We have all been shocked by the footage from inside Intensive Care Units at hospitals in London and the South East. All the doctors, nurses, porters, cleaners and managers working in them are heroes, and we are indebted to them for the rest of our days.
But are lockdowns the way to prevent these scenes?
One would assume that policymakers would only implement a policy as far-reaching and punishing as lockdown if they had a strong degree of certainty that the suspension of our liberties will save lives.
It was in response to a model produced by Imperial College that the Government imposed the first lockdown. However, it is now widely acknowledged that the assumptions underpinning that model were highly dubious.
In addition, the code that powered that model has been found to be of very poor quality when reviewed and analysed by coding experts, computer programmers and epidemiologists. Even Professor Ferguson himself said that it was a model he had created more than 13 years ago to model the likely course of flu pandemics.
Nevertheless, we have watched our freedom of movement be suspended indefinitely, along with our freedom to associate with others of our choosing, the freedom to assemble and gather, and the freedom to protest (the cornerstone of any democracy). Our children are being denied their right to go to school and, in many cases, have been separated from their peers and wider family for almost a year. Businesses have been forcibly closed, many of which will never recover.
At a time when the stakes are so high, why would Imperial College’s REACT reports not be peer-reviewed?
The answer can be found in the peer-review process itself. Over the last 20 years, the number of papers submitted to journals has grown dramatically. This has been compounded by the growth of ‘pay to publish’ sites that make money every time a paper goes up. Experts who are qualified to carry out rigorous peer-reviews would probably prefer not to spend all their time critiquing other peoples’ papers. Demand outstrips the ‘peer’ supply.
That said, when research findings are being used to guide Government policy, there must be a way to cut through the crowd? After all, not many scientific papers are used to justify a population being denied their basic freedoms or children being taken out of school.
According to David Livermore, Professor of Medical Microbiology at the University of East Anglia and Chair of the Public Health England Resistance to Antibiotics Programme:
“REACT is a surveillance programme which then supports various studies and analyses. Such a surveillance programme would normally have an Independent Advisory Committee”
An Independent Advisory Committee of this nature, according to Prof Livermore, would undertake a number of tasks, including making sure that the people who participate in the programme continue to represent the population. They would also, he stresses, play the role of the peer-reviewer, so that when REACT reports hit the media and arrive on ministers’ desks, the information they contain has been rigorously assessed.
This is only possible if ‘independent’ means what it says, and that people who are constructively sceptical – asking awkward questions – are appointed, not just like-minded ‘friends of the project’. As the debate about ‘the science’ becomes increasingly polarised, inviting informed and qualified critics such as Dr Clare Craig, Dr Jonathan Engler, Dr Michael Yeadon, Dr John Lee and Joel Smalley onto an independent REACT advisory board would inspire great confidence.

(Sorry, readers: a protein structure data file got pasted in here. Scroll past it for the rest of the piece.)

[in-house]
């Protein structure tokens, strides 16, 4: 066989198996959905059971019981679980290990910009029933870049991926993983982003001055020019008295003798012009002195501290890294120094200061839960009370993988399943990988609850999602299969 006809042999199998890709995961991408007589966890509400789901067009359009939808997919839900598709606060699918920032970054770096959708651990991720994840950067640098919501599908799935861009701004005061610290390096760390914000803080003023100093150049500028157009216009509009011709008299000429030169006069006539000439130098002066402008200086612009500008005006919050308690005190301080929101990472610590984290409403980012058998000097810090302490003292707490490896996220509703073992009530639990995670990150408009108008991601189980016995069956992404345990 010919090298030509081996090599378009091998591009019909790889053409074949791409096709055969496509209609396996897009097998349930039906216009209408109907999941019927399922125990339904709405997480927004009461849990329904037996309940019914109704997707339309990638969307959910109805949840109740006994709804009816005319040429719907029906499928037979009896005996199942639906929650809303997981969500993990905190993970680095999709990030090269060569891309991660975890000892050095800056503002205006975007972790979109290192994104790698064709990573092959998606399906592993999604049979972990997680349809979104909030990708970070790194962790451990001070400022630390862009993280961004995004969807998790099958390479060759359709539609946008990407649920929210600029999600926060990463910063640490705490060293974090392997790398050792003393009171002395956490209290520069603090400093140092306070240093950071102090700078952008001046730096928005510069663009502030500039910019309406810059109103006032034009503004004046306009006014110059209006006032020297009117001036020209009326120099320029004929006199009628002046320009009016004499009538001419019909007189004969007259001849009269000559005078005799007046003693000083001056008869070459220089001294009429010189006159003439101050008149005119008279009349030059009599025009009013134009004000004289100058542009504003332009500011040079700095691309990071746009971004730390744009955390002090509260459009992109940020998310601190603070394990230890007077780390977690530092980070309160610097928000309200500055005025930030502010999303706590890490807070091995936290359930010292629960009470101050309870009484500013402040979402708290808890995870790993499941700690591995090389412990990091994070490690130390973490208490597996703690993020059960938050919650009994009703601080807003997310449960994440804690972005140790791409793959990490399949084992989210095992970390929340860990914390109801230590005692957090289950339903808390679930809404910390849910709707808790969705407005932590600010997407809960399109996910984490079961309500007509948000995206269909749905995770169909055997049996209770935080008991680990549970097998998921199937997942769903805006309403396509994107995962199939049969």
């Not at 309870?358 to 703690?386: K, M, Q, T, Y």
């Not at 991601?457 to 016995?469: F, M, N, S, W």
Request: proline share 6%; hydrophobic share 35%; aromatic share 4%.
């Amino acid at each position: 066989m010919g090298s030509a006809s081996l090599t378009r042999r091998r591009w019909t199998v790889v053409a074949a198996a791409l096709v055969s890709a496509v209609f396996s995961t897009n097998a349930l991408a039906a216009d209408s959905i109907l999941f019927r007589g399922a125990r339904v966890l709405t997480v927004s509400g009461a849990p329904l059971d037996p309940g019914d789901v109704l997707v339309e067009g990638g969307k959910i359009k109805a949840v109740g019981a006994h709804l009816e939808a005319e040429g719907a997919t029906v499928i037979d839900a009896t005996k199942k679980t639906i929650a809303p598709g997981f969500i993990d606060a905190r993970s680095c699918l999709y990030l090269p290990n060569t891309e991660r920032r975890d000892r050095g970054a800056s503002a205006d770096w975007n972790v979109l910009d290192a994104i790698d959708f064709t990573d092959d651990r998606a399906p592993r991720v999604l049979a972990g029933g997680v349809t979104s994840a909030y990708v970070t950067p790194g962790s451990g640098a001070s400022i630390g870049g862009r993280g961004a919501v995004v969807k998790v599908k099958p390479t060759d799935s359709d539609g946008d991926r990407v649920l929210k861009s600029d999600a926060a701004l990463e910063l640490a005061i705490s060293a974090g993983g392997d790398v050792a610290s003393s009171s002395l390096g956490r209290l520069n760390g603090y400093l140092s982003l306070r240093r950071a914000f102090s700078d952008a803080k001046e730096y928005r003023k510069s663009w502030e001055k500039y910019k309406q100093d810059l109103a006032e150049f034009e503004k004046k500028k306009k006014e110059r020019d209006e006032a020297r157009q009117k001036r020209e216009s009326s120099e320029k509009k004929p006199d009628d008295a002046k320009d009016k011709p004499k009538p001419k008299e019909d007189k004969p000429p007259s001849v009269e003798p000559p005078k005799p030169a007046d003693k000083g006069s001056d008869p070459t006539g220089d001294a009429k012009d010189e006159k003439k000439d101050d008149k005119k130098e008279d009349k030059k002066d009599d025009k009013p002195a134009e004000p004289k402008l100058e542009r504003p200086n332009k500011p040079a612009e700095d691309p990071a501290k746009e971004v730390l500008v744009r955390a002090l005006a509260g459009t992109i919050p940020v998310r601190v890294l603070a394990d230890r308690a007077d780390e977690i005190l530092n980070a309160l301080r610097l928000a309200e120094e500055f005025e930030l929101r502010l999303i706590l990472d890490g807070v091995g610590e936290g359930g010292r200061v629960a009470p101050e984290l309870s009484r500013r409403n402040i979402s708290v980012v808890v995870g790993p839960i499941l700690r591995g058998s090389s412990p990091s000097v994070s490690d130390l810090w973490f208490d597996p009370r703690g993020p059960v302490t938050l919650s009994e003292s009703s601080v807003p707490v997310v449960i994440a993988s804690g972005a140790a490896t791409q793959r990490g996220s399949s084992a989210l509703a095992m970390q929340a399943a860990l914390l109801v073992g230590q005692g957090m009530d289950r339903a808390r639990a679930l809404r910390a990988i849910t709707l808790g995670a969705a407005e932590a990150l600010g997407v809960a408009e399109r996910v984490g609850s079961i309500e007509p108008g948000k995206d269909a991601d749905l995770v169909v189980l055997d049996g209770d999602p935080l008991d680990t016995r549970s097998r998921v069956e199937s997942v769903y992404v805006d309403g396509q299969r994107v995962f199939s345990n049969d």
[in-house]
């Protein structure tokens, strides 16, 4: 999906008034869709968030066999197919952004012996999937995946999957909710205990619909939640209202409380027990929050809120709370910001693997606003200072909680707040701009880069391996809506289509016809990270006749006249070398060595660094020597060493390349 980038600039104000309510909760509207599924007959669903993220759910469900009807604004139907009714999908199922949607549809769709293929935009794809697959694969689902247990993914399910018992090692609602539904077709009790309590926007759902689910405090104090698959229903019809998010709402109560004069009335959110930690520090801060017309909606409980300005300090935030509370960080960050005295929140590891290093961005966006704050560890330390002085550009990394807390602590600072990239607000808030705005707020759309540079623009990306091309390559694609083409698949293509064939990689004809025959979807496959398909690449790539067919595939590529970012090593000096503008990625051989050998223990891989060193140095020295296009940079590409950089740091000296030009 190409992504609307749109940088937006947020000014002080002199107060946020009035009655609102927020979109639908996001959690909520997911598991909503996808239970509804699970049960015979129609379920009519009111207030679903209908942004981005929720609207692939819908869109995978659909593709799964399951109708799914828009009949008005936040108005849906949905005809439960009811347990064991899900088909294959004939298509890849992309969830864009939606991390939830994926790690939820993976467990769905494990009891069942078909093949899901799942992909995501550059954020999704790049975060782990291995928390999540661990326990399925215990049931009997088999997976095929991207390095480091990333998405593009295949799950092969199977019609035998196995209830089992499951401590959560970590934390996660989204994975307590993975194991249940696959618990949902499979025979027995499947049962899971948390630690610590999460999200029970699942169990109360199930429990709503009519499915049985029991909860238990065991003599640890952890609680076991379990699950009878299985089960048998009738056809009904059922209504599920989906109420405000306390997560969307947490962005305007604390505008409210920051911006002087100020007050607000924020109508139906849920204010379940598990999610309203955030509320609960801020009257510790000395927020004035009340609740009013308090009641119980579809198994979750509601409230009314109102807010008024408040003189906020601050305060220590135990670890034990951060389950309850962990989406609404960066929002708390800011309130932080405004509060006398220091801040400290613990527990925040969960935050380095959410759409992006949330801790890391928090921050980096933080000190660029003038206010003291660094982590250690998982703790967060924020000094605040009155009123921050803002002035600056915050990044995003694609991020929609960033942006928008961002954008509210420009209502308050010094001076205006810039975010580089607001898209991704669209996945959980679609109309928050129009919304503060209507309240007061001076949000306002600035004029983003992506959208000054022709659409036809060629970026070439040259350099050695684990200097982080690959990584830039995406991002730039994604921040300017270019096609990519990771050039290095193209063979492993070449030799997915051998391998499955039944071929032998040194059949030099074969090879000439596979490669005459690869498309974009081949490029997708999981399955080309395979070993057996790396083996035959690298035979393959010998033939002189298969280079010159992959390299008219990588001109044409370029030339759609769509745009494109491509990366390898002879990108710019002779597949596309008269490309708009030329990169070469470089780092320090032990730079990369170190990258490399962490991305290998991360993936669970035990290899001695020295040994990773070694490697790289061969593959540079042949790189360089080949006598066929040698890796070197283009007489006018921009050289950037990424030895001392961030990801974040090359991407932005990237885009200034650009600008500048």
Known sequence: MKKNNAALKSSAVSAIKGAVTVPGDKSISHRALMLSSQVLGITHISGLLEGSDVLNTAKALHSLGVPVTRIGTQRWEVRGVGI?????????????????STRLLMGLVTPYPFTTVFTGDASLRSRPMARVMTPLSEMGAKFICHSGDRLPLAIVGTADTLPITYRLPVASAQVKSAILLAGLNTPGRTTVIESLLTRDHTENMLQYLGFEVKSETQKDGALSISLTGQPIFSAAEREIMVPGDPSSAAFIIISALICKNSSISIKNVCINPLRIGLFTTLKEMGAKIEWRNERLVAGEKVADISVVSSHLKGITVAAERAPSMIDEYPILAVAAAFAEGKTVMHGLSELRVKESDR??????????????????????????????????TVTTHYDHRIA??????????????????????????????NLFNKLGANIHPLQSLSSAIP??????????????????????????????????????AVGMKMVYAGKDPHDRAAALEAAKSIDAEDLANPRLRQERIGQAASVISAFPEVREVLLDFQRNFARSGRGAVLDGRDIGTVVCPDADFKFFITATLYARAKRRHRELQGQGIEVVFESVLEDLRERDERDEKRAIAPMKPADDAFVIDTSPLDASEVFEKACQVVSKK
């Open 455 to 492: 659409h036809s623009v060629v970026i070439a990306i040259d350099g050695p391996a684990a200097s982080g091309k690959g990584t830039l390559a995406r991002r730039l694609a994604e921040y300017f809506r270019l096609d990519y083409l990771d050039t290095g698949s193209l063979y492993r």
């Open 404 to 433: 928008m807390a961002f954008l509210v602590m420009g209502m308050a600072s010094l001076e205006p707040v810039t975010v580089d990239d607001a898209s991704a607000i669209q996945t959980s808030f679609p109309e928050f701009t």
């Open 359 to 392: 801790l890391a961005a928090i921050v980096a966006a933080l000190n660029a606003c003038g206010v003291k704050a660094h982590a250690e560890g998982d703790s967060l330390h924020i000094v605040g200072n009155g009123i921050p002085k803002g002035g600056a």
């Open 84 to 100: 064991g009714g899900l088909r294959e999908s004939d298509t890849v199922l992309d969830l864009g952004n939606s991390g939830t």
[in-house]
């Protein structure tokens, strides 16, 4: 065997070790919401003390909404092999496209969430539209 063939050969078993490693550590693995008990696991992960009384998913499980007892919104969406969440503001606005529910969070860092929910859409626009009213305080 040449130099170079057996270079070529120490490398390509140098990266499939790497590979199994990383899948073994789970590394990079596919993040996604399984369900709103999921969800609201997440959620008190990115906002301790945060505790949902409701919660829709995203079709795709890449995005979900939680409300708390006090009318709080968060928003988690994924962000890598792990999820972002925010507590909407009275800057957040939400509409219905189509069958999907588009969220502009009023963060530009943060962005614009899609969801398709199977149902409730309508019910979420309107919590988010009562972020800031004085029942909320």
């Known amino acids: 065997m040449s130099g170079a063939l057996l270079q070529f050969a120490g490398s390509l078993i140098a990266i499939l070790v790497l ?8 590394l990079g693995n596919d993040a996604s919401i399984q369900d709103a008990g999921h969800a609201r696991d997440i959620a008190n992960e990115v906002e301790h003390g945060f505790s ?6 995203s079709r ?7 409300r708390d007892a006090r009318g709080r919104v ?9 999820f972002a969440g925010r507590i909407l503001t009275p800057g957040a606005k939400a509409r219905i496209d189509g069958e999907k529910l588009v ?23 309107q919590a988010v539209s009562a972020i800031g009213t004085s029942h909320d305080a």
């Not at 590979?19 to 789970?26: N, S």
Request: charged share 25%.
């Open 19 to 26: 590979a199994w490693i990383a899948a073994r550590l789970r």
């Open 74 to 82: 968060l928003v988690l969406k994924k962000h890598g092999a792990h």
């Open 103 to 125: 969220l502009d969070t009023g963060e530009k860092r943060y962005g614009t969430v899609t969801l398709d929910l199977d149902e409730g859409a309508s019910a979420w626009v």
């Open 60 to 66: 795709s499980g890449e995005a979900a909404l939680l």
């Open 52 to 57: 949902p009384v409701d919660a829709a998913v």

Stop Press: Over at the Spectator, Philip Thomas has more on why the REACT study is problematic
Today we’re publishing a new piece by Dr David Cook, a senior scientist with over 20 years’ experience in drug research and development. Following the row over Lord Sumption’s contribution to the Big Questions last weekend, Dr Cook explains the concept of Quality Adjusted Life Years (QALY), and then applies it to lockdowns.
In 2017 the National Institute for Health and Care Excellence (NICE) rejected the drug nivolumab for use in the NHS to treat patients with advanced head and neck cancers. The reason given was that, despite the drug showing positive benefits, it was judged to be too expensive based on the cost per ‘quality adjusted life year’ (QALY). For patients with this disease (and clinicians treating them) this was a hugely disappointing decision and although subsequently nivolumab has been approved for use, at the point of this judgement it must have felt to these patients that their lives were somehow being deemed to be less valuable than those of other patients.
Let’s wind forward to today and Lord Sumption discussing the impact of lockdown on society and apparently suggesting something similar, namely, that some lives are less valuable than others.
But in both of these cases is this what was actually meant? Are we really assigning a value to a life? Are we really judging that some lives are more valuable than others and so more worthy of saving?
To answer these questions, let’s focus on QALYs because these seem to be highly culpable in the crime of ‘life valuation’.
Quality Adjusted Life Years (QALYs) are not used to assess the quality of a life and they are certainly not used to make a judgement on its value.
The reason for this is because QALYs are used to assess the impact and value of an intervention. The judgement as to the quality of someone’s life is something that only the individual can make, but regardless of how they feel about it as a whole, they would certainly be able to tell if it had improved or got worse after some kind of treatment. If I whack you on the hand with a ruler has this improved your quality of life? What if I now kiss it better?